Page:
The Return Of The Toyota Supra Is Upon Us
A likely model launch in 2018 has been discussed by Toyota execsby Kirby, on
The highly anticipated return of the Toyota Supra could take place as early as 2018 now that development of the sports car has progressed to the point that Toyota and project partner BMW have moved on to developing their respective models independent of each other. For one, Toyota is already in the process of testing the Supra on the road, same as BMW with the convertible Z5, the German automaker’s sports car that will arise from the partnership with Toyota.
The return of the Supra marks an important time for Toyota as it tries to re-establish itself in the mainstream sports car scene. It’s been 14 years since the last Supra arrived and with the segment becoming as busy as it’s ever been in a long time, a flagship performance mode that would sit above the GT 86 and would carry one of the company’s most iconic nameplates is exactly what Toyota needs to compete in an increasingly competitive market.
Toyota has remained tight-lipped on the sports car’s power and performance capabilities, but it is already understood that the Supra would feature a hybrid all-wheel drive set-up that will be made up of a BMW gas-powered engine and electric motors whose energy is stored in supercapacitors.
Despite the expected similarities born from this collaboration, the Toyota Supra and the BMW Z5 will be two different models, largely because they’ll occupy different areas of the sports car market. The Supra, for instance, is likely to be slotted against the Honda NSX and will be packaged with a more purist thought to the development. On the other hand, the Z5 convertible is expected to take the reins from the BMW Z4 as the German automaker’s resident sports car, albeit one with a more balanced development of luxury and performance.
No decisions on the production side have been set for either car, but according to BMW board member Ian Robertson, there’s a possibility that both models could be built in the same production facility. The U.S. or Europe are the two most likely locations to have the facility, largely because of the importance of both markets for Toyota and BMW.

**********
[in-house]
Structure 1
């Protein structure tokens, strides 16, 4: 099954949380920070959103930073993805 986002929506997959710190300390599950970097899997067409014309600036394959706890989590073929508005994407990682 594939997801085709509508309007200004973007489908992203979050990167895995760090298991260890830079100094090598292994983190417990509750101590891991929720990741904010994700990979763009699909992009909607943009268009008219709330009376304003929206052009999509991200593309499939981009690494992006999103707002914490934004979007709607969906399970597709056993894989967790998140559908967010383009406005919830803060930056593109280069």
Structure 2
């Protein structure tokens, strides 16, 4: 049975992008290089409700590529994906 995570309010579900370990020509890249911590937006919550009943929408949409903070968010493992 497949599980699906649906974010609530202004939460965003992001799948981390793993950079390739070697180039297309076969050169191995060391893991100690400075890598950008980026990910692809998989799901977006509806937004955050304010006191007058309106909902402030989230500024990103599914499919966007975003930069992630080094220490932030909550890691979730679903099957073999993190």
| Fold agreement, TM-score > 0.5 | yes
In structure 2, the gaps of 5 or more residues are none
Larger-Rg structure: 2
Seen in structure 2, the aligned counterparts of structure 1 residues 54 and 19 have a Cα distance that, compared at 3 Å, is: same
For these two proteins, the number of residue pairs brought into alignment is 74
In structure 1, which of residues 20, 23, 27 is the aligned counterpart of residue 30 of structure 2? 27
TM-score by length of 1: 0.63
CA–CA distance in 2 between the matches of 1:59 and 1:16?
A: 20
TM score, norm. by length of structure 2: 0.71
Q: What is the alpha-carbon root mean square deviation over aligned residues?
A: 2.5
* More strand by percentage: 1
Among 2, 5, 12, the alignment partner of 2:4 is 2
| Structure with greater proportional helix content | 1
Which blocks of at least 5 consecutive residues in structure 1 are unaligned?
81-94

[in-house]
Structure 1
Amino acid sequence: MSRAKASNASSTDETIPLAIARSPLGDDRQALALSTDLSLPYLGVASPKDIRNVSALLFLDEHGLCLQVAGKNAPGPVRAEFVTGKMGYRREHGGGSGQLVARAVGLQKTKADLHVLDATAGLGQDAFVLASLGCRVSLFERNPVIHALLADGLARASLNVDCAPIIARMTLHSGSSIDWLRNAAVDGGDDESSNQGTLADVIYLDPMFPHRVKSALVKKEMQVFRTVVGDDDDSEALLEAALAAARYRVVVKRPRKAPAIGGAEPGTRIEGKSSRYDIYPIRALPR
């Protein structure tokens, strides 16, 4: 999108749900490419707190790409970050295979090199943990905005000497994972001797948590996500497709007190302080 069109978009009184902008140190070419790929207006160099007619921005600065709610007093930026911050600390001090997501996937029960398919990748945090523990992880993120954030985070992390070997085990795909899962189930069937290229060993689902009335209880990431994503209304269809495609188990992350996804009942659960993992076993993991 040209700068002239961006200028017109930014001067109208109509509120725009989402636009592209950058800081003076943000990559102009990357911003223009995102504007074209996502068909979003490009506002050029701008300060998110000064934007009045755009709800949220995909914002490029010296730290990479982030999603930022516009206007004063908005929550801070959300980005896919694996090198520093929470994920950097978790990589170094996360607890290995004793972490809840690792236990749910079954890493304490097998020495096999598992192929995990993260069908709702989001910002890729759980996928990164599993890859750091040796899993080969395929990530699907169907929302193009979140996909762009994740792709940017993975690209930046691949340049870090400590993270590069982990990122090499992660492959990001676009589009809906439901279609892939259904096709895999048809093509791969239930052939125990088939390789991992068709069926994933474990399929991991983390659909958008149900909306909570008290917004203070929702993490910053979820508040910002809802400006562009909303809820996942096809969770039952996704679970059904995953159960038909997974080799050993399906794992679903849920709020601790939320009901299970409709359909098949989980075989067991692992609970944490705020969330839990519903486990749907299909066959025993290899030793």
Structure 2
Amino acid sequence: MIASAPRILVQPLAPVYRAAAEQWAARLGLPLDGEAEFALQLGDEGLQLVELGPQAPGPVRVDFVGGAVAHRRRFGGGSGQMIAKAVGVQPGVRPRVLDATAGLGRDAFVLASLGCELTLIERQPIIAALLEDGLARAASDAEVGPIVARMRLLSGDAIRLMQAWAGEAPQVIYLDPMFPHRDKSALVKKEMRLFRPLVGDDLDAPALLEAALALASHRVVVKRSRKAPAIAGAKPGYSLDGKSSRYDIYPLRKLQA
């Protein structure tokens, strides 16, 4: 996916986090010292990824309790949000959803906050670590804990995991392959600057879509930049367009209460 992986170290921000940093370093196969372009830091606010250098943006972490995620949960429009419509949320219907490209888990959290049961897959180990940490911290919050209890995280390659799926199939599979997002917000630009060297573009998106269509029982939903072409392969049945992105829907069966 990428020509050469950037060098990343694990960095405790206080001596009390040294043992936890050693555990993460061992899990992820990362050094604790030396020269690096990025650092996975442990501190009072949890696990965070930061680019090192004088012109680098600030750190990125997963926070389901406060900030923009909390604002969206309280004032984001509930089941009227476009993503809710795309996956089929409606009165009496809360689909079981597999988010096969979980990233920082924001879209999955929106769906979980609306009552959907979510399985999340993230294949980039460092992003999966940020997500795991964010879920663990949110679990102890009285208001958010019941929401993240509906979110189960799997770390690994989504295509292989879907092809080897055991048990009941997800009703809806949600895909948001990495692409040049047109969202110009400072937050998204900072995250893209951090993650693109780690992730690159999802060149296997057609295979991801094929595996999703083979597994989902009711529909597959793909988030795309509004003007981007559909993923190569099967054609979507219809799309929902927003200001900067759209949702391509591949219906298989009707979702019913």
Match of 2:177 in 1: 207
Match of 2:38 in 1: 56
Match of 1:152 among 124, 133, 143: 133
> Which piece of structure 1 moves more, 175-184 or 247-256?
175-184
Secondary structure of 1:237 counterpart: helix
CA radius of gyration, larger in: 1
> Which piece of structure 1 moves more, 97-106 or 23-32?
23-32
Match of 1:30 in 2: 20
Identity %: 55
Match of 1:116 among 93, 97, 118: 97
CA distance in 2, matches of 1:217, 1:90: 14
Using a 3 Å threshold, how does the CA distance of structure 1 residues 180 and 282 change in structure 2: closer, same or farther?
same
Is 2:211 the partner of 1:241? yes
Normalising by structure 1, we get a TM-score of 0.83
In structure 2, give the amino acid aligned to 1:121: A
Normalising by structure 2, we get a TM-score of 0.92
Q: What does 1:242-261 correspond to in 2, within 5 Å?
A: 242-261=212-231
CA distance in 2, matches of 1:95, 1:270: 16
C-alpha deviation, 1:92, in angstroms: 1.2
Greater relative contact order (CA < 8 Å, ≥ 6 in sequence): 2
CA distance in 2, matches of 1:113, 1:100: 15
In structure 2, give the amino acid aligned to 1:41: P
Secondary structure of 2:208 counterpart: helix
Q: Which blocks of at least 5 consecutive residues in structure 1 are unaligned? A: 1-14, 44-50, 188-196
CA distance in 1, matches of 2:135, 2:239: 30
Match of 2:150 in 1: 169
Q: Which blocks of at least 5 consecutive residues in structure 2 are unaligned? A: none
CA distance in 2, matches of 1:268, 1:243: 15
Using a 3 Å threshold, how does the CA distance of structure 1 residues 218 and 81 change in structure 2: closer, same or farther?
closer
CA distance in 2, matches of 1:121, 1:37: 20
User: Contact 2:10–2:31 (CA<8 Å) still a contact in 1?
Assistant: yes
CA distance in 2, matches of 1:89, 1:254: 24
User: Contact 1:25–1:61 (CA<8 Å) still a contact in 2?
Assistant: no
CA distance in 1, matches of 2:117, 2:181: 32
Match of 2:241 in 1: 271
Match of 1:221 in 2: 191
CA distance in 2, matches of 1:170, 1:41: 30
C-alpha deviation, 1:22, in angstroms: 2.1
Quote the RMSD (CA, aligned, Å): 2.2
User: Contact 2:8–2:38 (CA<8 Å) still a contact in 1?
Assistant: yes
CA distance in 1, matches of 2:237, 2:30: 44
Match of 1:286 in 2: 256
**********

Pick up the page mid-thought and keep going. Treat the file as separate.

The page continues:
Continue after the jump to read the full story.
Why it matters
We’ve been waiting since 2012 for anything significant to come out of the Toyota-BMW partnership and while progress has been relatively slow up to this point, everyone knew that the automotive giants were building and developing something significant for themselves. And now that it’s been suggested that the collaboration is at a stage wherein both companies have taken over development of their own sports car projects, the anticipation surrounding the debuts of the Supra and the Z5 has just been dialled way up.
Personally, I’m excited to see both models, but I’m more interested to see what Toyota can come up with as a worthy successor to the legendary Supra name. The excitement isn’t that high for the Z5 because we already know what BMW is capable of when it comes to developing sports cars. That’s not the case with Toyota, unless you count the GT 86 as a worthy model to the automaker’s performance car heritage. I don’t and for good reason. The Supra, on the other hand, fits every requirement for a flagship sports car that can stare down and take on a rival like the Honda NSX.
The Supra buzz is only going to get louder as the days to its launch draw nearer, but in the long run, it might not be the only Toyota-controlled sports car to hit the market. Apparently, the same report also revealed that Lexus could dip its toes into the results of the Toyota-BMW sports car collaboration. Nothing official has been mentioned and Lexus, as it stands, does not have access to the program. But considering the relationship of Toyota and Lexus, it would make some sense for the premium brand to see what it can use from the results of the Toyota-BMW partnership.
Don’t expect to see anything on that front anytime soon though. For now, focus your attention on the nearing return of the Toyota Supra. It’s admittedly a day I did not see coming, but I’m more than happy to have been proven wrong on this one.
Read our full review on the 2018 Toyota Supra here.